The cast featured Frank Wedekind as Jack the Ripper, Tilly Newes (Franks' wife, Tilly Wedekind) as Lulu, and Irma Karczewska as "Bob." The play's producer, the famous critic and satirist Karl Kraus, played Kungu Poti.
Who was Irma Karczewska? She was a striking personality and noted beauty who was involved in an erotic triangle with Kraus and Sigmund Freud's first biographer, the pioneering psychologist Fritz Wittels. Read all about it in Freud and the Child Woman: The Memoirs of Fritz Wittels, edited by Edward Timms, published by Yale University Press in 1995.
According to the publisher, Yale University Press, "In his memoirs, Wittels writes frankly and vividly about the erotic subculture of fin-de-siècle Vienna, early controversies within the Psychoanalytic Society, and the interactions between the two. Freud himself plays a crucial role in the story, and the erotic triangle in which Kraus, Wittels, and Irma Karczewska were involved is shown to have impinged directly on the activities of the famous Society."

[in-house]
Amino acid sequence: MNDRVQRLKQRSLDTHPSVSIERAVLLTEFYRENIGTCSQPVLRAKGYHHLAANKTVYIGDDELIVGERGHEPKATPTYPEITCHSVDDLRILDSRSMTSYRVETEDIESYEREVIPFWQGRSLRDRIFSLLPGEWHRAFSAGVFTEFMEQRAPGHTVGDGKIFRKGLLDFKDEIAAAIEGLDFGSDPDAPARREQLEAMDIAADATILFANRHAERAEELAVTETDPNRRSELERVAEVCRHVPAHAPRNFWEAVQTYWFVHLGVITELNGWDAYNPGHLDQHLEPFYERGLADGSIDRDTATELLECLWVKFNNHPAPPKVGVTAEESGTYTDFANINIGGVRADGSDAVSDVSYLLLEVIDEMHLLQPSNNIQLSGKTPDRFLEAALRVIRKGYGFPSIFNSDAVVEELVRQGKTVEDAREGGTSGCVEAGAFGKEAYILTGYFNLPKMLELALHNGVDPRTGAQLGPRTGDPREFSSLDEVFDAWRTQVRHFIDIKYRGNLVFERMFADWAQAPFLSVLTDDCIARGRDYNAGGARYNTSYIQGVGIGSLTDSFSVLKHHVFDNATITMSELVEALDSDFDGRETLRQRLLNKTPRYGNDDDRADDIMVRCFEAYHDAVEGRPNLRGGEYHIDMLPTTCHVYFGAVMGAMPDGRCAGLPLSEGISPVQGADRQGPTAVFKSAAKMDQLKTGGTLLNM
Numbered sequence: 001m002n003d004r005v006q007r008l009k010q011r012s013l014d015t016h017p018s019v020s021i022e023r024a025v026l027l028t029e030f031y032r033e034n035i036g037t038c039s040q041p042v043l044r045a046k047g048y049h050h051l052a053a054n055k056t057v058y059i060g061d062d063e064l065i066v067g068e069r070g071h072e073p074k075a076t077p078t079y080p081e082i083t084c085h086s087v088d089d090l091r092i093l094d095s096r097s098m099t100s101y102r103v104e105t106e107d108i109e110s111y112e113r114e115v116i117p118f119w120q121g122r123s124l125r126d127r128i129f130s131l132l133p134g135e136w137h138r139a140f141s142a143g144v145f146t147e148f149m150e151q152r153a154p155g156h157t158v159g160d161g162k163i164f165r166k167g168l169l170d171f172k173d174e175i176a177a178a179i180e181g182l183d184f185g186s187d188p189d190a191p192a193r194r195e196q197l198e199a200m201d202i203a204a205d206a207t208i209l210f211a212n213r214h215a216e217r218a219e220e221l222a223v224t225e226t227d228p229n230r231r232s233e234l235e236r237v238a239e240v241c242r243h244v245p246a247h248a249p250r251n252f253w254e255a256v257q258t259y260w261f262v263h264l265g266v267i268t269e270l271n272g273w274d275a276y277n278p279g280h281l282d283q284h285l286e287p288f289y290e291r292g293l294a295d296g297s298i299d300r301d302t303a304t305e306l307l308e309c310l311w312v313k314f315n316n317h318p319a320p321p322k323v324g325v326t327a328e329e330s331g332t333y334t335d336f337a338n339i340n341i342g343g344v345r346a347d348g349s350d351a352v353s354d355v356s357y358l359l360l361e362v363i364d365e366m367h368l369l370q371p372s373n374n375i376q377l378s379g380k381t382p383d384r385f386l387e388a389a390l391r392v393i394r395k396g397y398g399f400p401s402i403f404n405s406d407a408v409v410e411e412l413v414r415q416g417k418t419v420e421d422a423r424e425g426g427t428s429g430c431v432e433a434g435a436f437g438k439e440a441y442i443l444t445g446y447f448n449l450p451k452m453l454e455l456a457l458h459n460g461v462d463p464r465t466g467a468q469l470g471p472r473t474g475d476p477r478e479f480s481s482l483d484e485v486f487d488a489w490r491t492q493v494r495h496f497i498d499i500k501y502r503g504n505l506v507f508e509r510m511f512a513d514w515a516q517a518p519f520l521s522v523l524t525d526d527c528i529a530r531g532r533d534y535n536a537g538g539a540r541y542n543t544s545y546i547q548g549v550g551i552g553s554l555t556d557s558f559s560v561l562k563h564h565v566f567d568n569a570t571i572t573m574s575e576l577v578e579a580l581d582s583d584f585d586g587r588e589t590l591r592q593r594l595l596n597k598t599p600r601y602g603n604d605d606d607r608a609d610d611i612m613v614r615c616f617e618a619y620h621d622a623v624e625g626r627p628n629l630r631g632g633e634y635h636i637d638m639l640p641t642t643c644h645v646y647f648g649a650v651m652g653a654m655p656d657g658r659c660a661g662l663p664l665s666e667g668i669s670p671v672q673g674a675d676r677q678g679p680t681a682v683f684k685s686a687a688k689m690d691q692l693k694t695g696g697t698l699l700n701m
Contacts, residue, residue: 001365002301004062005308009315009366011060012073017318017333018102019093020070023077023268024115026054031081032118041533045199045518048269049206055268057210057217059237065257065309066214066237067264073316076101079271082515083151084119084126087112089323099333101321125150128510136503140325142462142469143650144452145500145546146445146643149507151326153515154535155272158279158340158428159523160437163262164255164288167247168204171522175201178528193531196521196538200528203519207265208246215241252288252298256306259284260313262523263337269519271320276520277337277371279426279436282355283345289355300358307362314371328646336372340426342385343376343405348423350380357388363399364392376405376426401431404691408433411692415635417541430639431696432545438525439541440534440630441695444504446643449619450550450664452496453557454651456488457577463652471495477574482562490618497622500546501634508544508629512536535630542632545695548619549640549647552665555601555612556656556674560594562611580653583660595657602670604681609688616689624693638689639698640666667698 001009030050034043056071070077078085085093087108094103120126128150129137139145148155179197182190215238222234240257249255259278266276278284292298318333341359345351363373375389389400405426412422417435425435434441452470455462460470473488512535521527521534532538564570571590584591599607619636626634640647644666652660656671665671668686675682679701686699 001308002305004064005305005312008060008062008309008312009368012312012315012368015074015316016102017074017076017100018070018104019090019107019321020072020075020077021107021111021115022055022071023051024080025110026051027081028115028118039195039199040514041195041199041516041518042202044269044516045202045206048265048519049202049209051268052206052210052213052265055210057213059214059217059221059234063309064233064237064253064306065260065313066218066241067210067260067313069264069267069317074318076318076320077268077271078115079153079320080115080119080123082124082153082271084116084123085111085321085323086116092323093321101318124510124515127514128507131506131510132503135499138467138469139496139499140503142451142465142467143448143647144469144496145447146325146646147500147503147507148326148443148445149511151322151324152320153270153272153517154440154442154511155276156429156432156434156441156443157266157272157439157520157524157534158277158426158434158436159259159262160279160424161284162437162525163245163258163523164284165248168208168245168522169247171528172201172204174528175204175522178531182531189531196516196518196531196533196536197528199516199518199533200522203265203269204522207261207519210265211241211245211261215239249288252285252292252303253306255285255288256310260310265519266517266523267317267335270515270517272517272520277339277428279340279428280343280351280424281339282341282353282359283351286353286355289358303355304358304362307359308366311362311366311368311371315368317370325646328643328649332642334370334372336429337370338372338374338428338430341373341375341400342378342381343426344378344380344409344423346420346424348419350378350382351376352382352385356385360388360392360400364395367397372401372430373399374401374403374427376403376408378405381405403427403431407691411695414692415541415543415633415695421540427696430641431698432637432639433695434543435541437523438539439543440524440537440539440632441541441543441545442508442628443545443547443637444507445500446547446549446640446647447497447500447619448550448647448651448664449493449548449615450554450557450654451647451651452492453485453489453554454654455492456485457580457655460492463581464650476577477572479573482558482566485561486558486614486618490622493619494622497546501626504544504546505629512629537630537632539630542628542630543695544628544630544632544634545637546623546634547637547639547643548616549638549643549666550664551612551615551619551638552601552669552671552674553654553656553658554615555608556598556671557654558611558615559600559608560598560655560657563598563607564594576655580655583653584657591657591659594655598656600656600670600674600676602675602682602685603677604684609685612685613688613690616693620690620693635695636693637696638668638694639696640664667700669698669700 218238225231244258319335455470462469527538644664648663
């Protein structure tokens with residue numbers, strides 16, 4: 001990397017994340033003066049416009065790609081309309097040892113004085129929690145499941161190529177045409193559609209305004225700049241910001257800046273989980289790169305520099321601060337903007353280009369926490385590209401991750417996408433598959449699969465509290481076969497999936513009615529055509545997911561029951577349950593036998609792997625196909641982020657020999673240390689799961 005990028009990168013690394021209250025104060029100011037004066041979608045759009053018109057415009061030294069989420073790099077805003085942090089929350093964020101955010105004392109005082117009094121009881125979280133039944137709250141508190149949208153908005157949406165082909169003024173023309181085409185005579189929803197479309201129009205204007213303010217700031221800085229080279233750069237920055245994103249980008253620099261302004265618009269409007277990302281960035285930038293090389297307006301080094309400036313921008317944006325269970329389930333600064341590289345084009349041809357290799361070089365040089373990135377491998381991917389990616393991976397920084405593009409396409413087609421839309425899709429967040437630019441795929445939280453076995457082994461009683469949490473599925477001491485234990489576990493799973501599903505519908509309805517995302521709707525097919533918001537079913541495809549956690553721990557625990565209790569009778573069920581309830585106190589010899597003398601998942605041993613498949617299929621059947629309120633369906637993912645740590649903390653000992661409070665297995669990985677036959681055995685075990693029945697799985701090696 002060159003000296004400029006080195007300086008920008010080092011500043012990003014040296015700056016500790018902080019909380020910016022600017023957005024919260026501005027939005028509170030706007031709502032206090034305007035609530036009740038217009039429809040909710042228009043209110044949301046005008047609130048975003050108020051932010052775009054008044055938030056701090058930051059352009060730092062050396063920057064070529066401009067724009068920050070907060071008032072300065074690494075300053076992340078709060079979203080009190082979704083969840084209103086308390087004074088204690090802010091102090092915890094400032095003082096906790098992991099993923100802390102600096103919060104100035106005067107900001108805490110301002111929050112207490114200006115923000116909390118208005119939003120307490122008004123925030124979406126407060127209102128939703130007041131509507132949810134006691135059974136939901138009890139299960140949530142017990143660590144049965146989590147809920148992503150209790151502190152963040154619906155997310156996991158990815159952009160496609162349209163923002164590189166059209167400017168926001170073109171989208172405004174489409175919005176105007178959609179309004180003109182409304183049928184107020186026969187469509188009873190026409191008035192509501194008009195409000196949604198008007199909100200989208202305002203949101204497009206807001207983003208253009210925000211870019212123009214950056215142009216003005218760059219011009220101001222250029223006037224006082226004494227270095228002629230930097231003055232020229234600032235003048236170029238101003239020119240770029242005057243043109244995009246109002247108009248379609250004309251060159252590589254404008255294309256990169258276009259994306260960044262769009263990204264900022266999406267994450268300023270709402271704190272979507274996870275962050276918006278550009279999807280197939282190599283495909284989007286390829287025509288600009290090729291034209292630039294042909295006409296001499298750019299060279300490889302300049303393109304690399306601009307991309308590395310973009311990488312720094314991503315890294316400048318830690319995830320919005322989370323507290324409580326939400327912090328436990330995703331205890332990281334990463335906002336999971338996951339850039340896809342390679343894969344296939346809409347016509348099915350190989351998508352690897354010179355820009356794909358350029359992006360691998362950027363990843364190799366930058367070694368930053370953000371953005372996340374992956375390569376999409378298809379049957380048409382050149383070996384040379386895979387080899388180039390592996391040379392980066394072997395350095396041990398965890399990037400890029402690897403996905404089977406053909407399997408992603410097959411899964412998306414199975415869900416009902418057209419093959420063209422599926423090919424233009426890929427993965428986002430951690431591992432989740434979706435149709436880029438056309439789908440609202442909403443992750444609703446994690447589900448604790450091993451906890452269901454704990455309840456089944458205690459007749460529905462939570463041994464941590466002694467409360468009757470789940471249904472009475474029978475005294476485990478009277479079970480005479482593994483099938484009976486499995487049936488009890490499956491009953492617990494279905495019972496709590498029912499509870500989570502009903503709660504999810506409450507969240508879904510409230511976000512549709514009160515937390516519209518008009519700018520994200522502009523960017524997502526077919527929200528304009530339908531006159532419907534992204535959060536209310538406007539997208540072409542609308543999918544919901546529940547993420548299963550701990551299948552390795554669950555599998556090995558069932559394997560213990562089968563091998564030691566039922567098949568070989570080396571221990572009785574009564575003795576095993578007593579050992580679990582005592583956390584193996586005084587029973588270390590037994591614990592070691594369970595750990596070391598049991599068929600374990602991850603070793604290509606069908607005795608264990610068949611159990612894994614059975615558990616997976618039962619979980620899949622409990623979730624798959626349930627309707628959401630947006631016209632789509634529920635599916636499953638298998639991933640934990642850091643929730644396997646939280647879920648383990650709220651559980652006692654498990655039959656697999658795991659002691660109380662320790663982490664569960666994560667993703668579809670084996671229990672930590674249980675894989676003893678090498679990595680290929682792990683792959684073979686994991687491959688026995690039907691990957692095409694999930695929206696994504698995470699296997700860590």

One wonders who might have been in the audience on that historic day. Perhaps Sigmund Freud? If not, was he aware of or had he read Frank Wedekind's Lulu plays?
On a not unrelated note, it is known that members of Freud's circle had read and written about Margarete Bohme's famous book, The Diary of a Lost Girl.
Also, on this day in 1967, G.W. Pabst, who directed Louise Brooks in Pandora's Box and Diary of a Lost Girl, died in Austria.